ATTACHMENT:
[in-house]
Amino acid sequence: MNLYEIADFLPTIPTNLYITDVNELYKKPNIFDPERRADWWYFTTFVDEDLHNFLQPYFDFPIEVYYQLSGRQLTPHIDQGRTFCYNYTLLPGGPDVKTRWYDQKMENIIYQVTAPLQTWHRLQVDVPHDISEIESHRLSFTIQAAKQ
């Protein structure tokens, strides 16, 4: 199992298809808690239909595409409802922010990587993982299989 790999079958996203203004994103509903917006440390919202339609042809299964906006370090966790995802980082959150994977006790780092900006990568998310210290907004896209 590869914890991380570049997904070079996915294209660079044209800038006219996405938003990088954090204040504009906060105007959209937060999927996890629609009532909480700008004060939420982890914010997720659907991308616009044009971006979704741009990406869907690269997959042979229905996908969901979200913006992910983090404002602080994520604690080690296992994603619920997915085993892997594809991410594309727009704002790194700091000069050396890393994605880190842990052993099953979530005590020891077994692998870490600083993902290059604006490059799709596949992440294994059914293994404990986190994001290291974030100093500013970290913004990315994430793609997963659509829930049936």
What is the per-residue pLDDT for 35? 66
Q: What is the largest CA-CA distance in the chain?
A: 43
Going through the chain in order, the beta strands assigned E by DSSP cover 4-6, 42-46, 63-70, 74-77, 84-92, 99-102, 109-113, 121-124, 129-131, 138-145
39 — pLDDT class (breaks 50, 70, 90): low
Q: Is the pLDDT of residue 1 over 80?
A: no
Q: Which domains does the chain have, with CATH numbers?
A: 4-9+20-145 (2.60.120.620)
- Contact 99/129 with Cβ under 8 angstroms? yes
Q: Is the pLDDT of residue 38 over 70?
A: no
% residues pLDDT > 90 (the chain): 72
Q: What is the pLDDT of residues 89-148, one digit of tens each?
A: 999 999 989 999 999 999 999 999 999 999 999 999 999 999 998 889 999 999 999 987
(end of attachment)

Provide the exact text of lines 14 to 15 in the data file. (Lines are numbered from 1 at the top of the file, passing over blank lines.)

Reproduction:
Q: Is the pLDDT of residue 38 over 70?
A: no